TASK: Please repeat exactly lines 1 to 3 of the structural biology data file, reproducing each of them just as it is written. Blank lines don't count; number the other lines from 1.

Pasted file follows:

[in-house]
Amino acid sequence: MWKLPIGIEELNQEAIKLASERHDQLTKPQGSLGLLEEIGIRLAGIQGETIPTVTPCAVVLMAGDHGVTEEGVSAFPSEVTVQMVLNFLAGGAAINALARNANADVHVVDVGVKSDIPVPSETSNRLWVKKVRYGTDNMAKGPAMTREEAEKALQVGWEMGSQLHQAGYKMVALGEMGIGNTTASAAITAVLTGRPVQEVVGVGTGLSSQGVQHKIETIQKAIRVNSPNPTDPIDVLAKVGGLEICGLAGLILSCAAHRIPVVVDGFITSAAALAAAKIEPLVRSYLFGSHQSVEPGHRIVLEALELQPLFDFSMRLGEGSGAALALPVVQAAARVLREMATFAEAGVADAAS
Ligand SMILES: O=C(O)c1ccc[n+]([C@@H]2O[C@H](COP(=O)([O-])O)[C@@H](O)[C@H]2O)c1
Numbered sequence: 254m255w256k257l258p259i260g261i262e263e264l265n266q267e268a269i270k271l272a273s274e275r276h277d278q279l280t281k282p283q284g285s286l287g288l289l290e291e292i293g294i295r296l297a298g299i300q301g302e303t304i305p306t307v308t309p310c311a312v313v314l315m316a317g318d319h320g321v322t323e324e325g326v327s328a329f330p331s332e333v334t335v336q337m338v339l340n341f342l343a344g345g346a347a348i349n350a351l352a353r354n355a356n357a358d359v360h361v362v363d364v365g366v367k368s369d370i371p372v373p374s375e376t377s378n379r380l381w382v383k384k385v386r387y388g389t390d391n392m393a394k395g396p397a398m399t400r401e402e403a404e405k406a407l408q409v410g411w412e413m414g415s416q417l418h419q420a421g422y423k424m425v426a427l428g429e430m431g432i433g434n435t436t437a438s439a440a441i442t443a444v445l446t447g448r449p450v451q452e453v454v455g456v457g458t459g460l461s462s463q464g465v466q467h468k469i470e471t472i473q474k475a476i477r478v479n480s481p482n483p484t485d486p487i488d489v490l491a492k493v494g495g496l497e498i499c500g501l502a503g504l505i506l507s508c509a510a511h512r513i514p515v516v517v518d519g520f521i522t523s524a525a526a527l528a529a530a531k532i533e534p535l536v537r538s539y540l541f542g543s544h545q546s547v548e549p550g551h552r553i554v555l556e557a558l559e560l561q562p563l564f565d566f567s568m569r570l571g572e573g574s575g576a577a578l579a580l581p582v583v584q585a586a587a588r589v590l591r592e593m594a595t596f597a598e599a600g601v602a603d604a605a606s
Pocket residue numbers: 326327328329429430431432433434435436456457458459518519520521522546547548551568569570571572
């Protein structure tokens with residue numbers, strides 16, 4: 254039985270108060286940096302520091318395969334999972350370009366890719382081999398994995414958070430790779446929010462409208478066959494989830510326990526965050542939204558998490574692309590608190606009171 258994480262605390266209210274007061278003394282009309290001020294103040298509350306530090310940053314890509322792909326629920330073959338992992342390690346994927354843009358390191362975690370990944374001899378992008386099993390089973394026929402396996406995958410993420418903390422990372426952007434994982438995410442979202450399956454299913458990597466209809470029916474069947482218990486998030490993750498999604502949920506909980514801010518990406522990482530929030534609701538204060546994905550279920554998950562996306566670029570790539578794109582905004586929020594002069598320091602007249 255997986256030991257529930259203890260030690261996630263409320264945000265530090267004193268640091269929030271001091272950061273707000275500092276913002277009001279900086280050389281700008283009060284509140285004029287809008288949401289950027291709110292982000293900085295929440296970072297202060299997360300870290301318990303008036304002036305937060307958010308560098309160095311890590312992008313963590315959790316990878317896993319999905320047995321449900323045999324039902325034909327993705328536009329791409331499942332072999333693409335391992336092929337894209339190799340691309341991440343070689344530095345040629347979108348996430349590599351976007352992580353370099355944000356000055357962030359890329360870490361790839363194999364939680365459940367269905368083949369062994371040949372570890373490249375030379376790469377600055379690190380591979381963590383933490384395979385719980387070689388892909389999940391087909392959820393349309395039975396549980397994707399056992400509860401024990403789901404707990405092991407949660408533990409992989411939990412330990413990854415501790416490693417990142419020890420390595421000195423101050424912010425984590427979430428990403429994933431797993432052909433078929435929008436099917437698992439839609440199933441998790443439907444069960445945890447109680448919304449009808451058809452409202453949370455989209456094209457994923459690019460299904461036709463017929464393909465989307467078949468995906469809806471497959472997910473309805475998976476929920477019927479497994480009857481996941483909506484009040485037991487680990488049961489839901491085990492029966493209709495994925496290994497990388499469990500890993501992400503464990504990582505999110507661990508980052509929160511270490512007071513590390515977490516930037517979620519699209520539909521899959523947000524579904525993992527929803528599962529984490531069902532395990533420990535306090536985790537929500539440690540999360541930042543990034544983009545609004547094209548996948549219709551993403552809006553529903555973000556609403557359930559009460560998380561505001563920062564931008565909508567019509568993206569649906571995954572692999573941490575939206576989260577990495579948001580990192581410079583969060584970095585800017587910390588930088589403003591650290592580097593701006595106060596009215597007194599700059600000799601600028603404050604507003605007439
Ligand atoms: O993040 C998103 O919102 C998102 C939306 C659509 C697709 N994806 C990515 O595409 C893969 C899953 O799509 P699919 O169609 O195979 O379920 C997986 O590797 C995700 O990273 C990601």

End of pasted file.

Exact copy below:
[in-house]
Amino acid sequence: MWKLPIGIEELNQEAIKLASERHDQLTKPQGSLGLLEEIGIRLAGIQGETIPTVTPCAVVLMAGDHGVTEEGVSAFPSEVTVQMVLNFLAGGAAINALARNANADVHVVDVGVKSDIPVPSETSNRLWVKKVRYGTDNMAKGPAMTREEAEKALQVGWEMGSQLHQAGYKMVALGEMGIGNTTASAAITAVLTGRPVQEVVGVGTGLSSQGVQHKIETIQKAIRVNSPNPTDPIDVLAKVGGLEICGLAGLILSCAAHRIPVVVDGFITSAAALAAAKIEPLVRSYLFGSHQSVEPGHRIVLEALELQPLFDFSMRLGEGSGAALALPVVQAAARVLREMATFAEAGVADAAS
Ligand SMILES: O=C(O)c1ccc[n+]([C@@H]2O[C@H](COP(=O)([O-])O)[C@@H](O)[C@H]2O)c1